The occasional shower of pennies from heaven might do our bank accounts some good, but we Fools can't say the same for penny stocks. Because the world of penny stocks is often full of manipulation and deceit, investors often have a hard time separating its few good offerings from the multitude best ignored.

Still, many investors dabble at the low end of the stock-price spectrum. At Motley Fool CAPS, we award the "Pennies" title to investors who give more than half of their ratings to stocks that trade in the single digits. Believe it or not, you'll find some of the best CAPS All-Stars among those members.

Pinching pennies
This week, we'll look at some of the low-priced investments these All-Stars have praised. If the best investors regularly scanning this end of the market have singled out these companies, we might want to turn our umbrellas upside-down.

Here's the latest list of low-priced stocks with All-Star support:

Company

Price*

CAPS Rating (5 Max)

CAPS Member

Member Rating

Sadia (NYSE:SDA)

$9.52

*****

7dogs

99.17

Stereotaxis (NASDAQ:STXS)

$6.99

***

scampbel131

99.34

Medarex (NASDAQ:MEDX)

$7.30

**

zzlangerhans

97.16

Telecom Corp. of New Zealand (NYSE:NZT)

$9.01

*****

Kilroy9376

98.67

Navios Maritime (NYSE:NM)

$6.87

*****

VINY17

98.20

*Price when the outperform call was made.

Your two cents' worth
Investors seem torn over the potential benefits of Medarex's melanoma therapy ipilimumab. On one hand, you have CAPS member maphere, who last month was looking forward to seeing the biotech complete its phase 3 trials on the drug, which companies such as Cell Genesys (NASDAQ:CEGE) have been using in combination with their own drugs.

MEDX is close to getting approval for Ipilimumab which is an immunotherapy drug that causes the immune system to kick in and attack melanoma cancer. They have had some delays since Dec. of last year but they are poised to finish Phase 3 clinical trials showing [improved] overall survival. Doctors are very [positive] about this drug as well as patients who [overwhelmingly] discuss among themselves the benefits they have received.

On the other hand, CAPS All-Star zzlangerhans more recently said Medarex has placed too much importance on ipilimumab, even though the company has some other potentially exciting treatments on hand: "I've had a lot of success playing Medarex, obviously, and I want to keep adding to my lead. While I'm long-term negative on the company [because of its] insistence on clinging to the ineffective drug Ipilimumab, they do have a revenue-generating mAb [monoclonal antibody] production platform and no recent negative catalysts to justify the decline to four year lows."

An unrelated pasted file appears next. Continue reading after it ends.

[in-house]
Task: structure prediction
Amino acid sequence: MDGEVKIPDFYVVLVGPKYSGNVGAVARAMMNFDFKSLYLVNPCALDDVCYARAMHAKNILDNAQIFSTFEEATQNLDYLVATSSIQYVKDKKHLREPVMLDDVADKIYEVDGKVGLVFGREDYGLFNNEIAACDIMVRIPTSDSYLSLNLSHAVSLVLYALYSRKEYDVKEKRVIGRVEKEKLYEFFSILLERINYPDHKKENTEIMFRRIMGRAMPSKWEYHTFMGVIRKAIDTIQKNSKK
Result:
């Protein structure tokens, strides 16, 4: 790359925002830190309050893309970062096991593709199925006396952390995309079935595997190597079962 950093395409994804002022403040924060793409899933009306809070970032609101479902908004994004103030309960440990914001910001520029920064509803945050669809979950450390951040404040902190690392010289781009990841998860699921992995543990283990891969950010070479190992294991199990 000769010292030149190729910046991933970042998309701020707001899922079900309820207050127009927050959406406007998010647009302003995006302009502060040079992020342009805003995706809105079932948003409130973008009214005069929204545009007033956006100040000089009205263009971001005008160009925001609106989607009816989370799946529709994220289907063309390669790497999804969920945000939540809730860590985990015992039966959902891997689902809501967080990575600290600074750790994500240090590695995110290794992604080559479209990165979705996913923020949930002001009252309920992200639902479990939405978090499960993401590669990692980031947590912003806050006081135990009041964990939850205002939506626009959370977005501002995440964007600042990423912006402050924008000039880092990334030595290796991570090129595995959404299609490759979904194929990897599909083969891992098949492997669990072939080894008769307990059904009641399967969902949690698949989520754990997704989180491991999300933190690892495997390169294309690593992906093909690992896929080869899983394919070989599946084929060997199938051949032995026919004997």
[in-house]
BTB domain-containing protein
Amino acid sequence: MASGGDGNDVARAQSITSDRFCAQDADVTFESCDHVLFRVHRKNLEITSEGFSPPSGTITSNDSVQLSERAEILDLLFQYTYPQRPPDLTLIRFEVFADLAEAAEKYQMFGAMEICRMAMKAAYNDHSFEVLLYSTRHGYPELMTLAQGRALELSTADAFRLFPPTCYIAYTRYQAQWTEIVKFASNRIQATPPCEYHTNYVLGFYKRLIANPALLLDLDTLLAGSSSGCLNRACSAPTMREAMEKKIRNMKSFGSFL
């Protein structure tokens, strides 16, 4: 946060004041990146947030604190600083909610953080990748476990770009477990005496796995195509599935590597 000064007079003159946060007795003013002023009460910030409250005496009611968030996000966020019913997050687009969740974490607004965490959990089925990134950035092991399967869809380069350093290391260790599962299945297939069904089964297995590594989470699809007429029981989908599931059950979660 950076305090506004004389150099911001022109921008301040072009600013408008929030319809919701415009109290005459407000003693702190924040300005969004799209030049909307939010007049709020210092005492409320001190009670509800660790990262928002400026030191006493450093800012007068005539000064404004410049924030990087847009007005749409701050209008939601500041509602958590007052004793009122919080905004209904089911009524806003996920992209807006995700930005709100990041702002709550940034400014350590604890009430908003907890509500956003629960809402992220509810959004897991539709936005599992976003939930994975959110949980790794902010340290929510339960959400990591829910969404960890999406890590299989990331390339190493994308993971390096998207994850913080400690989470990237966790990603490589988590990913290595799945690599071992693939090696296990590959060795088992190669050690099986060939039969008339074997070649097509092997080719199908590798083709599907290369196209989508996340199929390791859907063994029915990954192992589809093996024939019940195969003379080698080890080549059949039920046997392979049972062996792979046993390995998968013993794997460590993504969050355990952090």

Yet Medarex's ipilimumab partner, Bristol-Myers Squibb (NYSE:BMY), recently released some updated survival data, which showed that about half of the patients who suffered from advanced metastatic melanoma and had received treatments were still alive after one year. It's a hopeful development for the drug.

Still, it's the rest of the pipeline that had OOooMercuryooOO looking for outperformance from Medarex. As our CAPS member said in an August pitch: "Broad, strong pipeline -- three approvals nearing which will validate their mAb platform -- also they're sitting on a mountain of money and they are precisely what big pharma is looking for in an acquisition (except, perhaps, the complexity involved [because of] numerous licensing agreements)."

Make some change
What do you think? Should we fill up the change jar with these penny stocks, or ignore 'em like a discarded coin on the street? It pays to start your own research on these stocks on Motley Fool CAPS. Read a company's financial reports, scrutinize key data and charts, and examine the comments your fellow investors have made -- all from a stock's CAPS page. Consult our free CAPS investor-intelligence community, where your two cents count as much as anyone else's.

Sadia is a Motley Fool Hidden Gems recommendation. Try any of our Foolish newsletter services free for 30 days.

Fool contributor Rich Duprey has no financial position in any of the stocks mentioned in this article. You can see his holdings. The Motley Fool's disclosure policy always wins the coin toss.